Kick It Out: Managers not hired on merit, says anti-racism charity
English clubs' managerial hiring processes are "unfair, exclusive and discriminatory", according to anti-racism charity Kick It Out.
A statement from the campaign group said that chairmen don't make appointments "on the notion of merit".
Calling on the Rooney Rule to be introduced, Kick It Out said the current practices are "flawed".
But Wigan chairman Dave Whelan said: "Colour and religion has nothing to do with sport, especially football."
On implementing the Rooney Rule - which requires teams to interview at least one black or minority ethnic candidate for a head coach vacancy - Chelsea manager Jose Mourinho said "there is no racism in football".
Speaking at a news conference on Friday before Sunday's match with Arsenal, the Portuguese said: "Football is not so stupid to close doors to people. If you are good, you get the job. If you are top, you are top."
In response to Mourinho's comments, former professional footballer and BBC Sport commentator Jason Roberts tweeted: "Mourinho - 'there is no racism in football' - there is only one reaction to this. It's an old one, but hahahahahahahahahahahahaha."
Whelan told BBC Radio 5 live he "didn't agree" with the Rooney Rule prescribing which candidates chairmen should interview.
He said: "For most people on the planet now, colour has gone, finished forever. All I'm interested in is have they got the ability and can they do the job?
"If I could get a manager who could take Wigan Athletic back into the Premier League guaranteed, where he is from makes no difference whatsoever."
Professional Footballers' Association chief executive Gordon Taylor told BBC Sport last week there was a "hidden resistance" from English clubs to hiring black managers.
Carlisle boss Keith Curle and Huddersfield's Chris Powell are the only black managers at 92 Premier League and Football League clubs.
Approximately 25% of players are black or ethnic minority and ex-England captain Paul Ince wants the 'Rooney Rule' employed to stop the issue being "swept under the carpet".
The man who helped introduce the rule into American football in 2003, Dan Rooney, has also said that it would be a "positive thing" if the rule was adopted in English football.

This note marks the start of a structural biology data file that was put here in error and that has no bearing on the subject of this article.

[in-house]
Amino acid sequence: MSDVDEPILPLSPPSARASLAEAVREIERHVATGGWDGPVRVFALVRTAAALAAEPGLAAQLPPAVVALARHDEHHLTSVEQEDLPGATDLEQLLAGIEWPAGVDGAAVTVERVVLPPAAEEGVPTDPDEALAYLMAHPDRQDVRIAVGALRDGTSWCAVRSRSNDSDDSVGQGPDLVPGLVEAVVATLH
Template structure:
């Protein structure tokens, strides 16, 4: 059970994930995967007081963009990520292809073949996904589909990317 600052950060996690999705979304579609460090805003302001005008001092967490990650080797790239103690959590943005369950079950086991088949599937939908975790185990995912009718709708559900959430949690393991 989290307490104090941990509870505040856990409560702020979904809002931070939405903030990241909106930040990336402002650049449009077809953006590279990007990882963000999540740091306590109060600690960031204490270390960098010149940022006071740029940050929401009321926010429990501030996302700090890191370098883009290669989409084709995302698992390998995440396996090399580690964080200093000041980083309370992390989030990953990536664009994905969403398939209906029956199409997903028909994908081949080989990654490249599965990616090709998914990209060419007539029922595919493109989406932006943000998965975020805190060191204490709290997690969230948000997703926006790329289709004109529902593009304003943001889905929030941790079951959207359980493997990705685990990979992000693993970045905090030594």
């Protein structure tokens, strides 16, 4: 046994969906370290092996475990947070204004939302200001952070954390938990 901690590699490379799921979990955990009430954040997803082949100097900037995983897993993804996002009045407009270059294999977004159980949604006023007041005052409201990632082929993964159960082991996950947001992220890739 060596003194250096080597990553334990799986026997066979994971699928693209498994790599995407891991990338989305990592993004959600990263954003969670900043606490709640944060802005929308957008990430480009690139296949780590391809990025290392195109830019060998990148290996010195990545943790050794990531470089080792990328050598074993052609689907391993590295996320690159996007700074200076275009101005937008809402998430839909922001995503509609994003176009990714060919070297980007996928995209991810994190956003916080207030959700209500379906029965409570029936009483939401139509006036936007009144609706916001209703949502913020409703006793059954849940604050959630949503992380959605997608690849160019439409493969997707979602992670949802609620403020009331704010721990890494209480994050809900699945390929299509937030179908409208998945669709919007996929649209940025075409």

|Facts and figures|
|The PFA says about 18% of players on their coaching courses are black or from other ethnic minorities||There are 192 Uefa Pro Licence owners in England, and 14 of those are black coaches|
|About 25% of players in the professional game are non-white||There were five black managers in English professional football last season but, of Chris Hughton, Chris Powell, Paul Ince, Chris Kiwomya and Edgar Davids, only Powell now has a job|
Kick It Out's Paul Mortimer, a former Charlton Athletic and Aston Villa midfielder, told BBC Radio 5 live that there should be "transparency from the application process to the appointment" from football clubs.
He said: "This is most definitely an issue. All we want to do is to be able to expose the hirers and firers to people they may never have considered for these roles.
"The problem is you don't get the opportunity to go and knock the chairman's socks off because you don't get a reply to the job application.
"We talk about it every year, it is now time to implement something which will be a positive step forward. At the moment being a manger in this country is not an equal opportunity job."
Speaking on the same programme, QPR midfielder Joey Barton added: "There is an underlying issue - maybe not in this country - but in others with racism. It would be great to see England at the forefront of something."
In its statement on Friday, Kick It Out said: "Gordon Taylor speaks about a 'hidden resistance' within the game and his members are asking questions about where football stands. We hear the Football League has failed to raise the issue at its own AGM but where are the Premier League and The Football Association on this matter?
"The current recruitment procedures are flawed, and we need to see accountable processes put in place which are fair, objective and challengeable to provide everybody possessing the necessary coaching qualifications and experience with the opportunity to apply and be considered on merit.
"As it stands, clubs as employers do not follow 'best practice' recruitment processes when they are hiring for these positions, and it is clear that appointments are not made on the notion of merit."